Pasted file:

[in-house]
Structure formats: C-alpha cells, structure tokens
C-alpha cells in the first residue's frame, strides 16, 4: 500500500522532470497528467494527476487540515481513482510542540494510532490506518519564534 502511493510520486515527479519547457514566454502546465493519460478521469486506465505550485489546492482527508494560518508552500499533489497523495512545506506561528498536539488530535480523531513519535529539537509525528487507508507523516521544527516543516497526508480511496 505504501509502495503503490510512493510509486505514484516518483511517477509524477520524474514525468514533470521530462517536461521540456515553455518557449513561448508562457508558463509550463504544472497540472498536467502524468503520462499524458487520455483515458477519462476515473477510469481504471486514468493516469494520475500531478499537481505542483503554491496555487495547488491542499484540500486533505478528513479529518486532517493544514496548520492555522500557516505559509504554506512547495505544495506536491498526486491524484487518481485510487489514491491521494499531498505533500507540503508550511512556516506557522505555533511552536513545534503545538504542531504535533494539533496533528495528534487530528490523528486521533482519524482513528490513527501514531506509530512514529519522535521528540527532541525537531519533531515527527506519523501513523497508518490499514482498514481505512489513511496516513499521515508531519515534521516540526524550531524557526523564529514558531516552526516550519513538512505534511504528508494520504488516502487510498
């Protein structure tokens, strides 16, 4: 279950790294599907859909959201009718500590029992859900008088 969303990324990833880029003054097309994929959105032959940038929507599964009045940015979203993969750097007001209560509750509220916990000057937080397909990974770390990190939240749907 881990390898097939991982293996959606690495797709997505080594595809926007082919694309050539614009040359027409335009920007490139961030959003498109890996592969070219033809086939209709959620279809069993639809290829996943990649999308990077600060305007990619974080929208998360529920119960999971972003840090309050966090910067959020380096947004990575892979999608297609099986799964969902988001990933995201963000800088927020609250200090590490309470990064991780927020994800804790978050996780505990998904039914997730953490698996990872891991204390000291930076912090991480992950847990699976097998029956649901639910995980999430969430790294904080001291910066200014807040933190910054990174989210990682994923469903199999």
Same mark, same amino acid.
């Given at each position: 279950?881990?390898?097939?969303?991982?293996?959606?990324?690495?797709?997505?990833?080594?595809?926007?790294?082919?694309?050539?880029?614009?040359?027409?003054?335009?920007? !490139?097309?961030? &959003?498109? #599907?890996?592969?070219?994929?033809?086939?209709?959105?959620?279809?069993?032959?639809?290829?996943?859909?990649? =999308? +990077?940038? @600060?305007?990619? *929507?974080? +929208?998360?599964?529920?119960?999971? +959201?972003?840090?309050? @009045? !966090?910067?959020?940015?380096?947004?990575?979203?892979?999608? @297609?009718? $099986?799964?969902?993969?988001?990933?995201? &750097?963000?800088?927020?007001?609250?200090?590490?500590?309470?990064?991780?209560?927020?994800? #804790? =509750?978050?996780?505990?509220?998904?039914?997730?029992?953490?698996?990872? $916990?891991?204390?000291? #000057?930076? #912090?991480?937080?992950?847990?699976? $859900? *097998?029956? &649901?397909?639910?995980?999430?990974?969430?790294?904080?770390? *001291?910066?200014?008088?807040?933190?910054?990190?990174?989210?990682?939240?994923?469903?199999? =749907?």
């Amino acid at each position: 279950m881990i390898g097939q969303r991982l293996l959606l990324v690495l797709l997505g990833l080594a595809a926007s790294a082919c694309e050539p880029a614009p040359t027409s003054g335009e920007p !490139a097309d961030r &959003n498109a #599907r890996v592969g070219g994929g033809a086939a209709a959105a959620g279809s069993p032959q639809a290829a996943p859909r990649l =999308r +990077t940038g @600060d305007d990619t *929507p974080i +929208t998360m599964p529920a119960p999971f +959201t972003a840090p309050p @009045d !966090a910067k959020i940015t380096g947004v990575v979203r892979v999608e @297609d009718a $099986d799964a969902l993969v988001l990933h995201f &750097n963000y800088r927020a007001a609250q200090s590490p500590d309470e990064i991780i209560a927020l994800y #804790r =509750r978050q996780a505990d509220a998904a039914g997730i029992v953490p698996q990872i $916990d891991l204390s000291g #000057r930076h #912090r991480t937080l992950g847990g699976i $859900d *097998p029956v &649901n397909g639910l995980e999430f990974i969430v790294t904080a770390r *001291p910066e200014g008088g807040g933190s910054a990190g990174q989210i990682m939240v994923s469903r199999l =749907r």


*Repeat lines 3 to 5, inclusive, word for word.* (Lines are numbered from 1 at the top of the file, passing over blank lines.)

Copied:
C-alpha cells in the first residue's frame, strides 16, 4: 500500500522532470497528467494527476487540515481513482510542540494510532490506518519564534 502511493510520486515527479519547457514566454502546465493519460478521469486506465505550485489546492482527508494560518508552500499533489497523495512545506506561528498536539488530535480523531513519535529539537509525528487507508507523516521544527516543516497526508480511496 505504501509502495503503490510512493510509486505514484516518483511517477509524477520524474514525468514533470521530462517536461521540456515553455518557449513561448508562457508558463509550463504544472497540472498536467502524468503520462499524458487520455483515458477519462476515473477510469481504471486514468493516469494520475500531478499537481505542483503554491496555487495547488491542499484540500486533505478528513479529518486532517493544514496548520492555522500557516505559509504554506512547495505544495506536491498526486491524484487518481485510487489514491491521494499531498505533500507540503508550511512556516506557522505555533511552536513545534503545538504542531504535533494539533496533528495528534487530528490523528486521533482519524482513528490513527501514531506509530512514529519522535521528540527532541525537531519533531515527527506519523501513523497508518490499514482498514481505512489513511496516513499521515508531519515534521516540526524550531524557526523564529514558531516552526516550519513538512505534511504528508494520504488516502487510498
């Protein structure tokens, strides 16, 4: 279950790294599907859909959201009718500590029992859900008088 969303990324990833880029003054097309994929959105032959940038929507599964009045940015979203993969750097007001209560509750509220916990000057937080397909990974770390990190939240749907 881990390898097939991982293996959606690495797709997505080594595809926007082919694309050539614009040359027409335009920007490139961030959003498109890996592969070219033809086939209709959620279809069993639809290829996943990649999308990077600060305007990619974080929208998360529920119960999971972003840090309050966090910067959020380096947004990575892979999608297609099986799964969902988001990933995201963000800088927020609250200090590490309470990064991780927020994800804790978050996780505990998904039914997730953490698996990872891991204390000291930076912090991480992950847990699976097998029956649901639910995980999430969430790294904080001291910066200014807040933190910054990174989210990682994923469903199999």
Same mark, same amino acid.